- Jeffrey Samet, Boston University School of Medicine
- Richard Saitz, Boston University School of Public Health
"The science of addiction is now robust. But the quality of care received by most people affected by unhealthy alcohol and other drug use (from risky use to dependence) and addictive behaviors is often much poorer than, and separated from, mainstream health care. This journal meets an important need—to disseminate high-quality, clinically relevant research that should lead to the high-quality care our patients deserve, particularly in general health-care settings."
"Improving the quality of care provided to patients with problems from the use of alcohol and other drugs should be a major health-care goal and research agenda as articulated in the 2006 US Institute of Medicine report, Improving the Quality of Health Care for Mental and Substance Use Conditions. Our goal is to make Addiction Science & Clinical Practice the primary home for evidence to address this international health-care challenge."
Aims & scope
Addiction Science & Clinical Practice provides a forum for clinically relevant research and perspectives that contribute to improving the quality of care for people with unhealthy alcohol, tobacco, or other drug use and addictive behaviours across a spectrum of clinical settings.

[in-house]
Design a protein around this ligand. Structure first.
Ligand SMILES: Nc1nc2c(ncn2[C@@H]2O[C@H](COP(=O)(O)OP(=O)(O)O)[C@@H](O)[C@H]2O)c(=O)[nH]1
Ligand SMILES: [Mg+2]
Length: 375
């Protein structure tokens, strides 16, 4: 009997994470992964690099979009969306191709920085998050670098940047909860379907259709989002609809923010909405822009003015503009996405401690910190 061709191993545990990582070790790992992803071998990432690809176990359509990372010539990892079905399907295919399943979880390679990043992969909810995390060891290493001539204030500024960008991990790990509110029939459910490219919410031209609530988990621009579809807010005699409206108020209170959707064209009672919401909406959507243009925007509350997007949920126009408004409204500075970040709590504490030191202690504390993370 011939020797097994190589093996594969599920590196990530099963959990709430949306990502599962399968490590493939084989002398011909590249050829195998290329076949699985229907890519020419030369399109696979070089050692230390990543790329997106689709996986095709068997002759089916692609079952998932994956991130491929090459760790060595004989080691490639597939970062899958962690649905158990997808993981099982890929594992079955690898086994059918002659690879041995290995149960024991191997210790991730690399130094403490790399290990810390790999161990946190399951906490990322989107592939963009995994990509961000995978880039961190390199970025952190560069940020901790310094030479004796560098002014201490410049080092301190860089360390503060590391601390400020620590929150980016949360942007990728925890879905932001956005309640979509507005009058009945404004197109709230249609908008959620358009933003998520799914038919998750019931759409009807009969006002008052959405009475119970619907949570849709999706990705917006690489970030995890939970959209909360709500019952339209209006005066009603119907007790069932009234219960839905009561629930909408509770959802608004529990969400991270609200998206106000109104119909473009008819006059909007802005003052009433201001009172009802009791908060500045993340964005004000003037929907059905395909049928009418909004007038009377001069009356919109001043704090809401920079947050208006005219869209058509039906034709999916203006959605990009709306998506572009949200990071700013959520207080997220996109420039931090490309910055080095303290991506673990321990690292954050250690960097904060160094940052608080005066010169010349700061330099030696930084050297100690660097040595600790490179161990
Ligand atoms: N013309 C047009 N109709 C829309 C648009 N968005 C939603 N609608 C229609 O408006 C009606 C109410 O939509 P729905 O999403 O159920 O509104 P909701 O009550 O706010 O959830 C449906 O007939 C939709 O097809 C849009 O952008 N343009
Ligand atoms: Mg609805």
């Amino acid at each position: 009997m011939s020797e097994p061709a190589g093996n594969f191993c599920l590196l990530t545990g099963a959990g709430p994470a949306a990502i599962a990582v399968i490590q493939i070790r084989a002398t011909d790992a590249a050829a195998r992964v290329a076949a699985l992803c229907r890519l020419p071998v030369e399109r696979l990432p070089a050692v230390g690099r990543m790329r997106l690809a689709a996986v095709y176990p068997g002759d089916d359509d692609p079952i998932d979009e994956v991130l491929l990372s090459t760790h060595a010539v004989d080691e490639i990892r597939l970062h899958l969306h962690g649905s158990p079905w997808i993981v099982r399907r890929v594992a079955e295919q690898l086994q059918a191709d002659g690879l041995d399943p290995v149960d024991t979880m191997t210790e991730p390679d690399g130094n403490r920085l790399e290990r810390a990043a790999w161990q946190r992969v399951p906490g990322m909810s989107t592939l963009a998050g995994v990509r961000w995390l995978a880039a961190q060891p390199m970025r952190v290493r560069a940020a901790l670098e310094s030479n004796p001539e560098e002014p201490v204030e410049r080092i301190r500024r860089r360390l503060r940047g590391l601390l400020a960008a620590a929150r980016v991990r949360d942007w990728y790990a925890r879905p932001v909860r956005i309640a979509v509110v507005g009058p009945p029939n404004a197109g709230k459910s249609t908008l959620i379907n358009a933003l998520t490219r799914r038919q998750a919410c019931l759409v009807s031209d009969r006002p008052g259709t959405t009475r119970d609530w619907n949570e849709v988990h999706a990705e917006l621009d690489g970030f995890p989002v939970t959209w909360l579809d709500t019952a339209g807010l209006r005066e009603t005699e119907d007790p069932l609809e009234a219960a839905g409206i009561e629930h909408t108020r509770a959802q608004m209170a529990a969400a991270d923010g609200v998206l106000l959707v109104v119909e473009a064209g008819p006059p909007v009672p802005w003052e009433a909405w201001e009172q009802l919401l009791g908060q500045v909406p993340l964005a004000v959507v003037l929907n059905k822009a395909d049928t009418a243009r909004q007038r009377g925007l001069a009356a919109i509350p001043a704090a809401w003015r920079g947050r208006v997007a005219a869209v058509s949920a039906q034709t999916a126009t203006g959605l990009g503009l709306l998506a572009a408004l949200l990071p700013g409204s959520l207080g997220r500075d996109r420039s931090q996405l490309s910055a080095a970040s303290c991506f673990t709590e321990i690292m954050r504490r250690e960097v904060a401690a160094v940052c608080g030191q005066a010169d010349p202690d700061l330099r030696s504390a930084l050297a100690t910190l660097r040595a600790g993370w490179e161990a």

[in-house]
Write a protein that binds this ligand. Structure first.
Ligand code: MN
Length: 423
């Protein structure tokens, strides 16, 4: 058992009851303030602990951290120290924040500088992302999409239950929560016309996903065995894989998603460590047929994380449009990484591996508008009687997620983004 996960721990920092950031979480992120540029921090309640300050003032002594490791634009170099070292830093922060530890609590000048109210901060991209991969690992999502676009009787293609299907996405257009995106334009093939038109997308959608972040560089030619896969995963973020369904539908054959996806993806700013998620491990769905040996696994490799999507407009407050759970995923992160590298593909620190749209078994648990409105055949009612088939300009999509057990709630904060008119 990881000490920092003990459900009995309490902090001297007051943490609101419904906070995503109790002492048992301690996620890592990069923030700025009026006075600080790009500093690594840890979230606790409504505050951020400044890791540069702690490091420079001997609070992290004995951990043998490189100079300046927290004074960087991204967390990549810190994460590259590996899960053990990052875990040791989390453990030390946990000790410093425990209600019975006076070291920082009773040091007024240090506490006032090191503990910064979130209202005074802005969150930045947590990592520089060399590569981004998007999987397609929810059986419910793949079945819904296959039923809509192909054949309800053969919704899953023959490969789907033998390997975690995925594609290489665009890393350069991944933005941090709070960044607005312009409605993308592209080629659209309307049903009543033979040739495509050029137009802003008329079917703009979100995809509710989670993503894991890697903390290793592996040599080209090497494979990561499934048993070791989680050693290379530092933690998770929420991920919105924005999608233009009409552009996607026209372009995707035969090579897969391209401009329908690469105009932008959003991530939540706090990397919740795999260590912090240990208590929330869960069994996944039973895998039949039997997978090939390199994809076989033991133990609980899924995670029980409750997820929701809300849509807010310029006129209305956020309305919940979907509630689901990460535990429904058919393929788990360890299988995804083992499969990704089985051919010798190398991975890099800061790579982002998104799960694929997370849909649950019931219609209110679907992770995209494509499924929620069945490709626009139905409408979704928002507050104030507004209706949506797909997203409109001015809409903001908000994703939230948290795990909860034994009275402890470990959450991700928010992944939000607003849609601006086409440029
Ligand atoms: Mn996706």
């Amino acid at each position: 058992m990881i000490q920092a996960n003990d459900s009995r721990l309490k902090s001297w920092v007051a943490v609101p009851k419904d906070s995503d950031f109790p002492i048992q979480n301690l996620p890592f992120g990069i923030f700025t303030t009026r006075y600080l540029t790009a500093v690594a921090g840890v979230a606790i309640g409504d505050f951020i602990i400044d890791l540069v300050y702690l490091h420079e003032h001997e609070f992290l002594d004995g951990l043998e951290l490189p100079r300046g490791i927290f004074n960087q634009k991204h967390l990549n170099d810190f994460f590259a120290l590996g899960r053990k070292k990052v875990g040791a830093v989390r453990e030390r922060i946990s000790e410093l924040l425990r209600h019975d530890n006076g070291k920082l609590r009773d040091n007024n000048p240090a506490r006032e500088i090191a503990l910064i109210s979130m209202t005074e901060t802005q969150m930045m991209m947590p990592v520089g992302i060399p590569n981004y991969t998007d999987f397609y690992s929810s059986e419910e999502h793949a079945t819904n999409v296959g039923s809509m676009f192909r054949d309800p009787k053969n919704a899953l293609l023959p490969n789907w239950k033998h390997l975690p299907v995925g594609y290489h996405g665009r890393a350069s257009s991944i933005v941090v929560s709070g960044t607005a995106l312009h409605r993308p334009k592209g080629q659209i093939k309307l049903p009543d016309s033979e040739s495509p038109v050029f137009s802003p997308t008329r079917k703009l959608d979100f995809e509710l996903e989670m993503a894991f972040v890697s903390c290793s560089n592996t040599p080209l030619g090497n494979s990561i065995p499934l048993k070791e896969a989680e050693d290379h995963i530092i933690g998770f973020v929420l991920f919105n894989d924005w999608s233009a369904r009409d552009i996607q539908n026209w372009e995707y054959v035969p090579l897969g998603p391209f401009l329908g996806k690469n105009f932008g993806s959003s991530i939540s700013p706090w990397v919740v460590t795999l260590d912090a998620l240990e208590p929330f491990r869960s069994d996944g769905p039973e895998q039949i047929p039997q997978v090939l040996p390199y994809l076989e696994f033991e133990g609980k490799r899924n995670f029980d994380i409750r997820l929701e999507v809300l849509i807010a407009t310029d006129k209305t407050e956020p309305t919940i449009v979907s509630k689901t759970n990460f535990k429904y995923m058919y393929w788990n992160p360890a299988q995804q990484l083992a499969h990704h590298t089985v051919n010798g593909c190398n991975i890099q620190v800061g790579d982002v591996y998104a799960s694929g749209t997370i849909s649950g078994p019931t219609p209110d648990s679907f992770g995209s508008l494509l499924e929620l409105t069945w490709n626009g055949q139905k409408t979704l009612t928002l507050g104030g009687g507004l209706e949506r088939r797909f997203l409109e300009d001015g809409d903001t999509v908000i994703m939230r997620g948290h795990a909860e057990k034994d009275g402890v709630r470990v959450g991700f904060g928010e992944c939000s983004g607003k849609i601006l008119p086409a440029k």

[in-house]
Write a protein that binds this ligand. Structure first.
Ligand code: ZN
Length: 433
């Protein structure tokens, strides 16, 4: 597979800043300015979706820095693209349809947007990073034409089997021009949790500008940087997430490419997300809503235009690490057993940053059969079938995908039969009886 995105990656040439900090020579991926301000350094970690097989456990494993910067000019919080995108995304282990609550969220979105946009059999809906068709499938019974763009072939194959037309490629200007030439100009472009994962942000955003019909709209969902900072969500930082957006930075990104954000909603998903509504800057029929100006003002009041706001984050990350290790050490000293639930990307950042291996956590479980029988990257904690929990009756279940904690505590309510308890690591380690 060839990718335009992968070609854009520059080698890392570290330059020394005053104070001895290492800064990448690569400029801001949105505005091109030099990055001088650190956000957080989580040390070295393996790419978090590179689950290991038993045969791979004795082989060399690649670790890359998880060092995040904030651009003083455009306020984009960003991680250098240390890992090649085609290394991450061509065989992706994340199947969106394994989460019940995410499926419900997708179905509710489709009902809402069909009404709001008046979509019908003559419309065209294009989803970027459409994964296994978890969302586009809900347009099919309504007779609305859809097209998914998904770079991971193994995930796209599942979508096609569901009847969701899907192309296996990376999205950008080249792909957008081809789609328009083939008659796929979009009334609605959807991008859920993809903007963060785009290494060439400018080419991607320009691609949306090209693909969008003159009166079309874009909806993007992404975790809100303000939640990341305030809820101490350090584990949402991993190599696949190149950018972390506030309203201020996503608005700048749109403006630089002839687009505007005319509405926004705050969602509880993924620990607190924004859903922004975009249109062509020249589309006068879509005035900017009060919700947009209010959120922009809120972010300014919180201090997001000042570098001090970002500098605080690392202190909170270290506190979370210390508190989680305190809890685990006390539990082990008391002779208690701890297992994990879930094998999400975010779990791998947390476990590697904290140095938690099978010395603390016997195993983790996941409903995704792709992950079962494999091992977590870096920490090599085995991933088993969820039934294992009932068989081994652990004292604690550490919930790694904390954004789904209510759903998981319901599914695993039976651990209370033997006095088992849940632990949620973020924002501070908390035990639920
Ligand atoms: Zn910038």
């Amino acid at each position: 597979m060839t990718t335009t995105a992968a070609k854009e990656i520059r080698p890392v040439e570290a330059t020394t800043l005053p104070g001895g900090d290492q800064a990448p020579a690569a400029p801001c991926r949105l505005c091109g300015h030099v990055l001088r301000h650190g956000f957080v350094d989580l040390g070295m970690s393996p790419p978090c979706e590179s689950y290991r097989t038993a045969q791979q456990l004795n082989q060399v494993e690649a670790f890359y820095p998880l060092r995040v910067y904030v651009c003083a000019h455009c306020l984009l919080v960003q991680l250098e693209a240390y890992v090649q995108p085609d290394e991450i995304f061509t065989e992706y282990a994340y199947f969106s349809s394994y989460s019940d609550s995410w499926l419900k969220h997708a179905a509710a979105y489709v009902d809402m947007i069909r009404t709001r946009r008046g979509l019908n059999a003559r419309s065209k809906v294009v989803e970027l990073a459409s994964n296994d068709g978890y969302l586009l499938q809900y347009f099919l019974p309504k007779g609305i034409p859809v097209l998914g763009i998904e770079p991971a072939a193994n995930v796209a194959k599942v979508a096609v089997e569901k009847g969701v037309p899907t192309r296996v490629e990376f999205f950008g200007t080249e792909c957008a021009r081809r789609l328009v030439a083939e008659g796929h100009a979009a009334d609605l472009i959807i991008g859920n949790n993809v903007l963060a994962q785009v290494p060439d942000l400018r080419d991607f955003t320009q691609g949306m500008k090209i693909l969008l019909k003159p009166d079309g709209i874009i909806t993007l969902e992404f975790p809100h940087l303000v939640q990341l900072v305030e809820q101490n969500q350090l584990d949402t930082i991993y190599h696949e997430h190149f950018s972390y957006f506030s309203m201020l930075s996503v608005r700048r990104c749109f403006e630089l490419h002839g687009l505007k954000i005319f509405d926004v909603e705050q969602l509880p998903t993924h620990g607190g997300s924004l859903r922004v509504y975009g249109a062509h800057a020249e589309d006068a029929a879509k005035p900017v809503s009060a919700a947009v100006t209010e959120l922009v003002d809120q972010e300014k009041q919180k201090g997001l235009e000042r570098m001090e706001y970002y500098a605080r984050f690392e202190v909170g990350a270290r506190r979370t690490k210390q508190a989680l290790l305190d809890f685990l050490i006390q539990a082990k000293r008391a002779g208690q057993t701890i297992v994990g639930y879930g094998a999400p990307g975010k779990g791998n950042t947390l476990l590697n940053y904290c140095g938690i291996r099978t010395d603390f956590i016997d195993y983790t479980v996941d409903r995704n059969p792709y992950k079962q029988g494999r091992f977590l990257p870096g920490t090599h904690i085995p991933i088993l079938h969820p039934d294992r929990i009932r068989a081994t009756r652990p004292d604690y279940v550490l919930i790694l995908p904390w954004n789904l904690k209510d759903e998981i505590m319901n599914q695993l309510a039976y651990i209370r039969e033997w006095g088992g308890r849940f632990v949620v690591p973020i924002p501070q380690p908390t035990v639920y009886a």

Addiction Science & Clinical Practice was previously published by NIDA and the journal's back content can be viewed here.
News from the web
Addiction Science & Clinical Practice adheres to the ethical guidelines for scientific publishing outlined in the Farmington Consensus. The Consensus is a series of ethical guidelines for addiction journals developed in 1997 at the inaugural meeting of the group now known as the International Society of Addiction Journal Editors (ISAJE). The resulting document can be found in draft form here. The purpose of the guidelines is to provide guidance to authors, editors and other individuals on ethical and procedural matters that affect the integrity of scientific publishing in the addiction field. We urge readers, writers, reviewers of Addiction Science & Clinical Practice to study the guidelines, to criticize them, to improve them, and to use them effectively.